The pall of smoke hanging over Greek towns due to the Tsiknopempti meat orgy has hardly dispersed and people are already thinking about the next feast, on Clean Monday (Καθαρά Δευτέρα – Kathara Deftera). It is a moveable feast, which this year falls on March 14. Ironically, it marks the beginning of the 40-day fast for Lent, Σαρακοστή (Sarakosti). However, the need to avoid a wide range of foods (meat, fish, all dairy products and eggs) has spurred gourmets and cooks over the centuries into developing delicious recipes called nistisima (fasting foods) of which more details in another post.
For the devout, Clean Monday—and thus Lent itself—begins on Sunday night, at a special service called Forgiveness Vespers, which culminates with the Ceremony of Mutual Forgiveness. Everyone present will bow down before one another and ask forgiveness, so they can begin Lent with a clean conscience and renewed Christian love. The entire first week of Great Lent is often referred to as “Clean Week”, and it is customary to go to confession during this week, and also to springclean the house – after all, Clean Monday also marks the beginning of spring.
Clean Monday is a public holiday in Greece and Cyprus, where it it is celebrated with outdoor excursions, and family gatherings whose main purpose is the consumption of elaborate dishes mainly based on seafood and vegetables.
However, the day is not only associated with eating, but also features many traditional celebrations held all over Greece. Municipalities organize concerts and other festivities with free food on offer. In the Borough of Athens, Clean Monday is traditionally celebrated on Philopappos, a hill situated southwest of the Acropolis. A beautiful 173-acre park, it is home to many indigenous birds and small animals, and open to all at all times of day or night.
Different municipalities have their own local customs, but there is one tradition that is followed all over the country: kite flying. Young people and adults flock to open areas, so as to fill the skies with their kites. Many traditional workshops have been involved in making kites for over 70 years, although in many instances the wooden kites have sadly been replaced by plastic ones. Every kiosk, supermarket and toy shop stocks kites for Clean Monday – there are even roadside stalls selling them.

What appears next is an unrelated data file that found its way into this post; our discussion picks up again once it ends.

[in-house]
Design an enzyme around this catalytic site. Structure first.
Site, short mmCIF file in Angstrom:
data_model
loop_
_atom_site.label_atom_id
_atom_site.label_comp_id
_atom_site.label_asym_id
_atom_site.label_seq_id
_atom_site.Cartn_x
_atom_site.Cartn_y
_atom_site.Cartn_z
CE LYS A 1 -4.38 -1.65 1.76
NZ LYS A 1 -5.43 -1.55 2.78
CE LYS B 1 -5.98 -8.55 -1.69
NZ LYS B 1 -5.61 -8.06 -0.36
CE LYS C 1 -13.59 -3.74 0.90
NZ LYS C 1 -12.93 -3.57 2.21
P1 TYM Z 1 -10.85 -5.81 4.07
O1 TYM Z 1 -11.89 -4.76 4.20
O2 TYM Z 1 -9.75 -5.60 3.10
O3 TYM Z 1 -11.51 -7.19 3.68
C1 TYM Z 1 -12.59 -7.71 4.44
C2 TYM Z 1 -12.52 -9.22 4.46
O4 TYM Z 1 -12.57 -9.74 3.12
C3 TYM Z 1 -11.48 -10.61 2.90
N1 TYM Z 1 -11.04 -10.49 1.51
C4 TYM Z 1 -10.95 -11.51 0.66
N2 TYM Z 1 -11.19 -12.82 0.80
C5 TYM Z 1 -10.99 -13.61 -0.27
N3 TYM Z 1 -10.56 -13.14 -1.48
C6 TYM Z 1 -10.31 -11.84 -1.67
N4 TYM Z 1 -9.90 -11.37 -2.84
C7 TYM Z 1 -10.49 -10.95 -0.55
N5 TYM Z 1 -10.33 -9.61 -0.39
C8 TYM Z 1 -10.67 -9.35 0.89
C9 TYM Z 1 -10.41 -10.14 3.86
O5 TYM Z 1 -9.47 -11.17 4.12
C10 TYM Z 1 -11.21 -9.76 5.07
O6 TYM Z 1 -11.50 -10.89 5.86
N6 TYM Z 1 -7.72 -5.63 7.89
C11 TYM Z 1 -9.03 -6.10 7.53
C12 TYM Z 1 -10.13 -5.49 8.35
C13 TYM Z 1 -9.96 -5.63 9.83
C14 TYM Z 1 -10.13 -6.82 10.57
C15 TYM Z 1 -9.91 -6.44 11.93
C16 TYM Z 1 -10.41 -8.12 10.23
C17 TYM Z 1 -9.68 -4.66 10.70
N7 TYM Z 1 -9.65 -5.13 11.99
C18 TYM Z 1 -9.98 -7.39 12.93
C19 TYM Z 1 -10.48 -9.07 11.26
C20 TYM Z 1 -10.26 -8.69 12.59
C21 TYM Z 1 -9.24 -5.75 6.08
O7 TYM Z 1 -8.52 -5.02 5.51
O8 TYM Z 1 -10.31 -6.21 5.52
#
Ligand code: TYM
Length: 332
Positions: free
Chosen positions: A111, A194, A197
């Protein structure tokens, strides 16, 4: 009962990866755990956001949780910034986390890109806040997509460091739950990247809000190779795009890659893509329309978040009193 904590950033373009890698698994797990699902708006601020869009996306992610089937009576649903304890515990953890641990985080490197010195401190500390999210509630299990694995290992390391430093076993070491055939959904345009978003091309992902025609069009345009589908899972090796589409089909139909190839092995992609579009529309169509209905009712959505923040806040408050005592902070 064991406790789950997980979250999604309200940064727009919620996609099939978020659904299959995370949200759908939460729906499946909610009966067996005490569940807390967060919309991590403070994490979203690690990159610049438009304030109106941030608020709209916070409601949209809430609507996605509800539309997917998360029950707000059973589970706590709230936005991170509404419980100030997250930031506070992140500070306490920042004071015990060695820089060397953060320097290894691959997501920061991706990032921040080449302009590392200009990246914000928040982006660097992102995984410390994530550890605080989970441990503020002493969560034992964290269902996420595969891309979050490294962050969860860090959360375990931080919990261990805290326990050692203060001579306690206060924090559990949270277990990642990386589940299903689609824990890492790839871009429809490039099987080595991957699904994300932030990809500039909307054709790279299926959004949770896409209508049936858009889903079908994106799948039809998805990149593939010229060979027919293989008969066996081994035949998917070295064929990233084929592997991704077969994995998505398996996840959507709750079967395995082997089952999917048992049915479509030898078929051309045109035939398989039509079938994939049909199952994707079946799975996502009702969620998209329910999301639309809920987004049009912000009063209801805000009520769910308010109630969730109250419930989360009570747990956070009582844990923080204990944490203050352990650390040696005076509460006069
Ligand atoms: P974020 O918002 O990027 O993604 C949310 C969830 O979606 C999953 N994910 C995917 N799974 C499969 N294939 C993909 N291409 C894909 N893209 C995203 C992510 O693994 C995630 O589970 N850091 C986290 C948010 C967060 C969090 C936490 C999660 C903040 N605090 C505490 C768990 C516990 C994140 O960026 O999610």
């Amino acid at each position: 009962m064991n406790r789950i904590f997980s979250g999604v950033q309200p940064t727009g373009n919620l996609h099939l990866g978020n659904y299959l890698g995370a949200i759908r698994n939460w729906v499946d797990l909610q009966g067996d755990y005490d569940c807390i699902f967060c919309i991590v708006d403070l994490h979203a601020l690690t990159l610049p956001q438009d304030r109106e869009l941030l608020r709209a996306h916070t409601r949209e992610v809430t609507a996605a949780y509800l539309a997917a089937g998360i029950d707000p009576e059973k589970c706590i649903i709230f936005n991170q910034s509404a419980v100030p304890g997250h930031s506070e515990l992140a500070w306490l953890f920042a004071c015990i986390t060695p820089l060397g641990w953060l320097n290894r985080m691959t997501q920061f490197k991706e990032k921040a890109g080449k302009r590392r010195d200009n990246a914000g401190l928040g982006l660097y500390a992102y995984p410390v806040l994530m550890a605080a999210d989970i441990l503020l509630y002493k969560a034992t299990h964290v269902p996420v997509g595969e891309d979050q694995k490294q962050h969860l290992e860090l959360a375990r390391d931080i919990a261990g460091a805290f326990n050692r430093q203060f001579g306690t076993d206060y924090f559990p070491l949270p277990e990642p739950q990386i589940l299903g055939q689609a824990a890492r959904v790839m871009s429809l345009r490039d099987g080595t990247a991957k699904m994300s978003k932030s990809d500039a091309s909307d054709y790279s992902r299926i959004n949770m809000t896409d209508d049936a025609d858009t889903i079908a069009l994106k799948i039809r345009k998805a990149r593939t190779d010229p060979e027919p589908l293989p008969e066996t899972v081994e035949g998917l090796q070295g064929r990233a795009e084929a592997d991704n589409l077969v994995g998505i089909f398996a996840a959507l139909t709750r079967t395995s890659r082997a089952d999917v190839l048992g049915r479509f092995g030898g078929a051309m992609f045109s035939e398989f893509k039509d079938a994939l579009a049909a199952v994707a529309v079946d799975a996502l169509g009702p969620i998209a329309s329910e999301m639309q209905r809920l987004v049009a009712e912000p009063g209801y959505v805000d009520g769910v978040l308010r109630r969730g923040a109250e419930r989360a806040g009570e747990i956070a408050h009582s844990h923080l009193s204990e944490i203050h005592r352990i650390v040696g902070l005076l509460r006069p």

In my childhood, making your own kite was considered a very manly pursuit in some households. Fathers and uncles would carefully choose and cut their own bamboo sticks, split them lengthwise with their penknives and fashion them into a hexagonal frame with string. Over this would go glacé paper in bright colours (often in the colours of the maker’s favourite team), and then ‘ears’ and a tail made out of strips of paper. The trick was for the kite to have good equilibrium so that it would fly straight and true. A few balls of sturdy string would be carefully wound in a figure eight over a stout stick and the kite would be ready to go.
Since Clean Monday is a communal affair, fierce competition ensues over the flying of the kites. Depending on the assembled company, I remember times when us kids would not be allowed near the kites. No, this was a man’s job, involving much drinking and banter, as well as practical jokes. There were – and still are – air battles where people try to get other kites entangled in their string in order to bring them down – some even resort to sending razor blades up the string to try and cut the competitors’ kites loose!
Despite yearly warnings by the Electricity Company, a number of kites always end up on the cables, where they remain for weeks, looking increasingly forlorn.